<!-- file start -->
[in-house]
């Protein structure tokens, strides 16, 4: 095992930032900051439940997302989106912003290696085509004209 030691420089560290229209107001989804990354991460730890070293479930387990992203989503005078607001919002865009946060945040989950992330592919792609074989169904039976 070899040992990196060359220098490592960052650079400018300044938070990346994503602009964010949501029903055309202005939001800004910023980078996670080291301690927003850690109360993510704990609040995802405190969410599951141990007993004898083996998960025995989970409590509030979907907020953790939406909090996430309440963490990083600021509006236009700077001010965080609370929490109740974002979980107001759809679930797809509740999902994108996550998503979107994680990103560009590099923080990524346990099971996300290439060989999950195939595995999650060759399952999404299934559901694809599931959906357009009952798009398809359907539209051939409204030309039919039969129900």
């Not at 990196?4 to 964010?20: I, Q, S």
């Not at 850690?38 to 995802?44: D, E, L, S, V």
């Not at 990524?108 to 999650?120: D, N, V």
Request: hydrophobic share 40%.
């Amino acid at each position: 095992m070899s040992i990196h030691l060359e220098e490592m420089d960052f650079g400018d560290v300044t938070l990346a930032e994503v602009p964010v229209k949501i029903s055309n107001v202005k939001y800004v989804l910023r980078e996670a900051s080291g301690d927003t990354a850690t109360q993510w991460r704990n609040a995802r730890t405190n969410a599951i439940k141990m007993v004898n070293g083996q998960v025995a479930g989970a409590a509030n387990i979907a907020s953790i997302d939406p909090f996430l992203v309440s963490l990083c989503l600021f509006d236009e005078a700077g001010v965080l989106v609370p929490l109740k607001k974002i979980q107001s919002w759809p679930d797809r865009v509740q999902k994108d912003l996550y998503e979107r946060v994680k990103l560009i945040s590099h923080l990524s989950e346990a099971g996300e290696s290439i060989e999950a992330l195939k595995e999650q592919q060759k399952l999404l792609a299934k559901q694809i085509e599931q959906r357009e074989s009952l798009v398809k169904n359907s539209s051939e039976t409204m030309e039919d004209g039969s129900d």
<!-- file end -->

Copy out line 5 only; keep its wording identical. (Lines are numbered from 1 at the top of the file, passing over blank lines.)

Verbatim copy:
């Not at 990524?108 to 999650?120: D, N, V």